Michael Wear tries hard not to alienate a potential reader audience. He ensures we know first his personal faith as the vantage point to then understand his political goals working on President Obama's transition team and directly influencing two campaigns for the White House. The reader is absorbed by the passion and conviction of the young man, faithful to his president's cause. You sense Michael's own euphoria of seeing your drafted debate notes roll off the president's tongue.
In addition to knowing the president personally, Wear also assembles something of a history of Obama's policy initiatives influencing religious affairs by dissecting speeches and other publications. This approach is akin to an anatomy of a speech on faith - especially those that transform values into policy. Obama's own speech anatomy as related to policy evolved during his first term in office, to his credit but also to his discredit.
Some of Wear's more intriguing reflections involve what Stephen Prothero calls "Religious Literacy". In all political party camps, church attendance has lowered and Biblical wisdom is less and less a known commodity. The White House communications team feared religious language for its unpredictable public response. Wear's speech inputs, using direct quotes from Jesus on compassion and social justice, appeared as gibberish to many of Obama's speech team and editors.
At the same time, however, Obama was more comfortable talking about his faith, and doing so in a more educated and meaningful fashion than the republican candidates he ran against. In 2009, it appeared that Obama would not allow any constituent sole claim to him as their president. But that changed. On some of the deepest moral concerns to Christians, as Wear observed, Obama eventually either ignored them altogether or shifted his stance to fit the voter demographic.
It was a possible reflection of sham politics on the one hand but also "data-point" campaigning on the other. Statistics (in part encouraged by the electoral college system), charts and intentionally inciting advertisements were meant to supersaturate an agenda in polarizing fashion; a massive challenge to Wear's faith-based support. We all witnessed this once-winning political strategy fail in 2016 (and as an aside restored some dignity to academia's "team qualitative" so frequently roughed up by its rival "team quantitative").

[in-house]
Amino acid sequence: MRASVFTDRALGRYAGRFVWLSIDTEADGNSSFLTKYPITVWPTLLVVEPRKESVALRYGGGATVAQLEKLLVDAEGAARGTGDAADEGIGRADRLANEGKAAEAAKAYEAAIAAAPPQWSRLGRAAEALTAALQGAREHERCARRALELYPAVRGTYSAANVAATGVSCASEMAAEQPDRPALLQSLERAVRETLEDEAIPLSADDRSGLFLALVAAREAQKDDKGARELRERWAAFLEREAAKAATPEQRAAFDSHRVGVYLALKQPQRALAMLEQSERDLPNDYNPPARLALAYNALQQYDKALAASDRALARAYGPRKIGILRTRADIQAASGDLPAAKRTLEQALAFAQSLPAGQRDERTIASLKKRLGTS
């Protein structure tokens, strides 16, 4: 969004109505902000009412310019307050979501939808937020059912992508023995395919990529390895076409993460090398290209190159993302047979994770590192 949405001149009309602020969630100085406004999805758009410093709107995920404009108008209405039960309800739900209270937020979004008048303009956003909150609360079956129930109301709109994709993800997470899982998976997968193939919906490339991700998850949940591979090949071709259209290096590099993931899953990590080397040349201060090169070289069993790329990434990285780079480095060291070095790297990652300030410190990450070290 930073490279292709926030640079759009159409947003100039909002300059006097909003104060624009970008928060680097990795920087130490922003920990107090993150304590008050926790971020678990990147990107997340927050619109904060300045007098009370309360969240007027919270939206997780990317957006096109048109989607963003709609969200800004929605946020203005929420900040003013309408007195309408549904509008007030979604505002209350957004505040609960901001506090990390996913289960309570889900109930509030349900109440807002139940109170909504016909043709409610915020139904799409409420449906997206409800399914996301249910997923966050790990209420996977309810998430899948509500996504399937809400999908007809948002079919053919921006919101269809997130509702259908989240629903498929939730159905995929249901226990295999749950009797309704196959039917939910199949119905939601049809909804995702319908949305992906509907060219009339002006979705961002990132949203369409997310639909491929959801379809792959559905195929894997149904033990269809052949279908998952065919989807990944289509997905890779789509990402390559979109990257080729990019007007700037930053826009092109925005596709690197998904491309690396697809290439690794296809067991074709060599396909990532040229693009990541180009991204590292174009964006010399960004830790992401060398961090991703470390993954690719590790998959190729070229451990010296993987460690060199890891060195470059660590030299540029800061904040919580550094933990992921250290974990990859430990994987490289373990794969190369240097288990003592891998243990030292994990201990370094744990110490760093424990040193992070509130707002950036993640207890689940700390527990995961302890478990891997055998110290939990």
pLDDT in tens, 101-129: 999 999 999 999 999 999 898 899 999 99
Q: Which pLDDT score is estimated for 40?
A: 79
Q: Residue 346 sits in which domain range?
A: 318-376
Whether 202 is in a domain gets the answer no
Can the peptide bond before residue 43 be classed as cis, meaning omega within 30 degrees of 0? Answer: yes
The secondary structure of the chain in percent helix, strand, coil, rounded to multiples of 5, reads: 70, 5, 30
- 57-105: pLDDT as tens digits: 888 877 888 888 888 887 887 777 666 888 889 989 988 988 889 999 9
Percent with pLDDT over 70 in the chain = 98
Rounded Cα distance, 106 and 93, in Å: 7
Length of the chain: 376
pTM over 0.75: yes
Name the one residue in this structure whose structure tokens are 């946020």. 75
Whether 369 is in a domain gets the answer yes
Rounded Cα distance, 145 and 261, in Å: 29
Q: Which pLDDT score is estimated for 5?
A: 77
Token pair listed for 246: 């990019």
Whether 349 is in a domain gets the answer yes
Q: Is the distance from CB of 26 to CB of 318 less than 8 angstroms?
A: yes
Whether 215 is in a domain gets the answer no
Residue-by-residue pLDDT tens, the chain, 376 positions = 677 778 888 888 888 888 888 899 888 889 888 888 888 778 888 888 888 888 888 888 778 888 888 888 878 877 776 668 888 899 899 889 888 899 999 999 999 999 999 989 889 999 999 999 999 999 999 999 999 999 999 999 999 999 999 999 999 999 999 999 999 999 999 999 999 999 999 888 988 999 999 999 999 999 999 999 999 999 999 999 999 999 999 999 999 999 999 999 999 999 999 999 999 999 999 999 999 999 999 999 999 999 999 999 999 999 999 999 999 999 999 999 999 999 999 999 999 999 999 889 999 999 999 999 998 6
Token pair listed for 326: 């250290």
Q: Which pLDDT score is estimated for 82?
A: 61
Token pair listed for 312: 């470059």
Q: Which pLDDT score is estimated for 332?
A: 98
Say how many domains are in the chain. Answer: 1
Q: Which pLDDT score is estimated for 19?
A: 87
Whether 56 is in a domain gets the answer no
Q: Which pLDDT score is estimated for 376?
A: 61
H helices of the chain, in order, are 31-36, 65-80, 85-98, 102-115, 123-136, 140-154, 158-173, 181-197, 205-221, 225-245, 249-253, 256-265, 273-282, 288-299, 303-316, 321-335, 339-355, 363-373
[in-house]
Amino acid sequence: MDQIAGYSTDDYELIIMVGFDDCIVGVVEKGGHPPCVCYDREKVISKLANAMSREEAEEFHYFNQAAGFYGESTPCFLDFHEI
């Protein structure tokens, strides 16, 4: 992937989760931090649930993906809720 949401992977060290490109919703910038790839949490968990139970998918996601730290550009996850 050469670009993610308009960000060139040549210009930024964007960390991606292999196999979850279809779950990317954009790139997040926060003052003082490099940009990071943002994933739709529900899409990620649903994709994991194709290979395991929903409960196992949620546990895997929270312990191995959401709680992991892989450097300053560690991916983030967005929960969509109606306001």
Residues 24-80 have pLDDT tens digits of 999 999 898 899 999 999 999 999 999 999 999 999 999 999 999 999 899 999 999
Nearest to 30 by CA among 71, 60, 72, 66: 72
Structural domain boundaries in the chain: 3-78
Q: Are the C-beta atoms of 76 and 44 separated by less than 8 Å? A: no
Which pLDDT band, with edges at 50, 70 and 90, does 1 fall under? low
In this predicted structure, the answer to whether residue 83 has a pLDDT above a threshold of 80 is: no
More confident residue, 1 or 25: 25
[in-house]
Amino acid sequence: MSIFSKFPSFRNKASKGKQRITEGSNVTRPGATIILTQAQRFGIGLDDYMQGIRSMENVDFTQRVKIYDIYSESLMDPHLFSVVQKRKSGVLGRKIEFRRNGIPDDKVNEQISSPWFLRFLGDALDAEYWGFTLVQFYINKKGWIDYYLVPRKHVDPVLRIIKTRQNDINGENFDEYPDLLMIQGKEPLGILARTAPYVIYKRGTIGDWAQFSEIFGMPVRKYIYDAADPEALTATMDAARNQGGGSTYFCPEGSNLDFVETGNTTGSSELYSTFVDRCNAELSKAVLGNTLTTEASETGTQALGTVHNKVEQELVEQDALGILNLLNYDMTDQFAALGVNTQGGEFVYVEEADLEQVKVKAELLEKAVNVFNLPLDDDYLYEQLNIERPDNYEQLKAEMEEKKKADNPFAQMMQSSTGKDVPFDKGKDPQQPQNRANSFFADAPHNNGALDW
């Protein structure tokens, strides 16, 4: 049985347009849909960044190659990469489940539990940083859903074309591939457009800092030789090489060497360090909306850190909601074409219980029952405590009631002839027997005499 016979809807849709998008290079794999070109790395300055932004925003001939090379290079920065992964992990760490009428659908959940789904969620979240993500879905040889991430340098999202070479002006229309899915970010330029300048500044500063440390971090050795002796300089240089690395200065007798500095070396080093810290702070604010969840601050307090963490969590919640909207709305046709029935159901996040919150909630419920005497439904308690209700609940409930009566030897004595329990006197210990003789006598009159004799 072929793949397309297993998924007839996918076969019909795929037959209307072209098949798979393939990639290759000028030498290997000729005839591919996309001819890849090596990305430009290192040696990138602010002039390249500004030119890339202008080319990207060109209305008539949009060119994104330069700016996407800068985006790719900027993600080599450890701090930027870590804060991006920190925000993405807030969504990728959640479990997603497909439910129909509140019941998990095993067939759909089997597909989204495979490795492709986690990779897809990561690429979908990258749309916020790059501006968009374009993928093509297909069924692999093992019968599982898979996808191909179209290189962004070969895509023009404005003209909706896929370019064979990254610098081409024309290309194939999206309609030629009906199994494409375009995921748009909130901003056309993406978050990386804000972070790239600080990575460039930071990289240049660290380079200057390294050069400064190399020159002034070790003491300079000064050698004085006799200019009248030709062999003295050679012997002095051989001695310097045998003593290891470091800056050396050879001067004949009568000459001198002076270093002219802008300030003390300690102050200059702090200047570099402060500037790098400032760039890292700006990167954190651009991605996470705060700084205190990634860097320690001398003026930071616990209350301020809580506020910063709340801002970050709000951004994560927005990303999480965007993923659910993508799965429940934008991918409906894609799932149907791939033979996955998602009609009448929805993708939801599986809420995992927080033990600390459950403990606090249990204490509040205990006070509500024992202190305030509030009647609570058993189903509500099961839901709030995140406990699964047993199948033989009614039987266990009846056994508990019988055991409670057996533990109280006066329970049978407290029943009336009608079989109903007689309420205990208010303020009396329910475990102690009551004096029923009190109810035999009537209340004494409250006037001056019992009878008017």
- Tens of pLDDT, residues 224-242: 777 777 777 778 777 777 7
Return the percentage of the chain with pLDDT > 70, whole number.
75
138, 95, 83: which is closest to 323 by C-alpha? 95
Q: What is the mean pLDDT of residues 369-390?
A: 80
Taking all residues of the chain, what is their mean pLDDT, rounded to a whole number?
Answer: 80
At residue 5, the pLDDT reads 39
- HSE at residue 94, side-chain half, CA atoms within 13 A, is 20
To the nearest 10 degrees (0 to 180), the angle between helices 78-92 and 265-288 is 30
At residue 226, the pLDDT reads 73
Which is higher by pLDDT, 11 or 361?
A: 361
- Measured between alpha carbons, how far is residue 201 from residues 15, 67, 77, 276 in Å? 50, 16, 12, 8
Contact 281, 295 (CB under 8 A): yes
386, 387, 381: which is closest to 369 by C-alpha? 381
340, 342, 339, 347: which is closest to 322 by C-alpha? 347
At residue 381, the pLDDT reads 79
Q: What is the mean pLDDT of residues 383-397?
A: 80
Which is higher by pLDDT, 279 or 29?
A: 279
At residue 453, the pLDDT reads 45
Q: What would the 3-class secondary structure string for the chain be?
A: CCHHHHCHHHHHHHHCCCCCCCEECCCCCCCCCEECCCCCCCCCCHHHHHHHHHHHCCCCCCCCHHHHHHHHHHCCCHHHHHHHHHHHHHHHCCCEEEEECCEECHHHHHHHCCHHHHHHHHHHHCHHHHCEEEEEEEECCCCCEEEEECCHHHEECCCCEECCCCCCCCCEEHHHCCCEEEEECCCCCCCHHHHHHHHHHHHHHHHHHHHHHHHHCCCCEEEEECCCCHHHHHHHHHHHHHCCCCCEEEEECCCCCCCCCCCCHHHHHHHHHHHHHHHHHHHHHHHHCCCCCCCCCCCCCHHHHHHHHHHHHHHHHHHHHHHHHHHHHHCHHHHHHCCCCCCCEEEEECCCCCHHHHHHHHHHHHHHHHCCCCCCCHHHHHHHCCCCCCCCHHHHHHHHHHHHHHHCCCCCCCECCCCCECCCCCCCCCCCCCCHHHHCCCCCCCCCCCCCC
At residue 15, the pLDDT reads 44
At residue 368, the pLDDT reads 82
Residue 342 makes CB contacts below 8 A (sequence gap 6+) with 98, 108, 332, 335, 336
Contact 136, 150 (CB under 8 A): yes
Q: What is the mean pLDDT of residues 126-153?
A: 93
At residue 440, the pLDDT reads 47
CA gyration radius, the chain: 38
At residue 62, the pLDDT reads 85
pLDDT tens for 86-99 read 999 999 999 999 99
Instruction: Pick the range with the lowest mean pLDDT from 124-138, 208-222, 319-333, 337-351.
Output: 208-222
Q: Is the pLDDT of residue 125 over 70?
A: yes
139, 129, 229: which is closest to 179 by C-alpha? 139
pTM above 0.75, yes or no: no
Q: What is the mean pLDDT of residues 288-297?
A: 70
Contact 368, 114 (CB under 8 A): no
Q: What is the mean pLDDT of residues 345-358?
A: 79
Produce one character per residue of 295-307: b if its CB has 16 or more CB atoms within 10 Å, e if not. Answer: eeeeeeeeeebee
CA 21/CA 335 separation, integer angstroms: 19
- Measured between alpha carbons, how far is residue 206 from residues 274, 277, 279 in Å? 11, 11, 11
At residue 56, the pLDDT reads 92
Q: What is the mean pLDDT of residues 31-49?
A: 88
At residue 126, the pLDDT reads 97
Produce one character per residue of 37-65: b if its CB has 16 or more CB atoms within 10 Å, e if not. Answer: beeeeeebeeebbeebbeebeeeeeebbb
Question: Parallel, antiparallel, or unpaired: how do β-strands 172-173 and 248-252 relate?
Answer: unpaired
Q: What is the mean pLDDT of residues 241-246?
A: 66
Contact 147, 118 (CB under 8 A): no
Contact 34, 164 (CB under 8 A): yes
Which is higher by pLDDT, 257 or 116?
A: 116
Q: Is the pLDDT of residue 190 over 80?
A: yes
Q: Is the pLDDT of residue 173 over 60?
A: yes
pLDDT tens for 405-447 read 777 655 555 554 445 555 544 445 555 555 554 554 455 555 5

As the book flows from impressions to insights it would appear that the author argues that politics should be central to influencing faith (pg. xxix, 12, 50). The author is most hopeful, offering the best examples of appropriate counterbalance to polarized politics as opposed to culturally poisoning zero-sum games. But as if to clarify his position, the author soundly endorses Augustine's view, as do others like Chuck Colson, in arguing that our hope and faith inform our politics; like a training curriculum for service.
International Relations theory grapples with the gray area of "lesser evil" in support of national interest in the assumed global anarchy. The challenge for national politics includes how to support religion without endorsing any brand of believer from atheists to humanists to polytheists, with converts between each. Misperceptions come easy. As Michael points out, too many religious leaders overtly endorsing political platforms receive oversized recognition. The media ascribes them undue influence. At the same time, many pastors and laymen with the largest social influence go unnoticed by politicians and media, as the vicious cycle of religious misperceptions whirls on.
It is this very finding that both confirms and befuddles the conspiracy theorists of religion in politics. Those who pass through the corridors of D.C. politics are claimed to represent religious culture. At the same time, the sample set excludes millions who hope in active service to Jesus Christ. Data points, donations and political interchanges, if that's all there were to religion, would be cause for social concern indeed.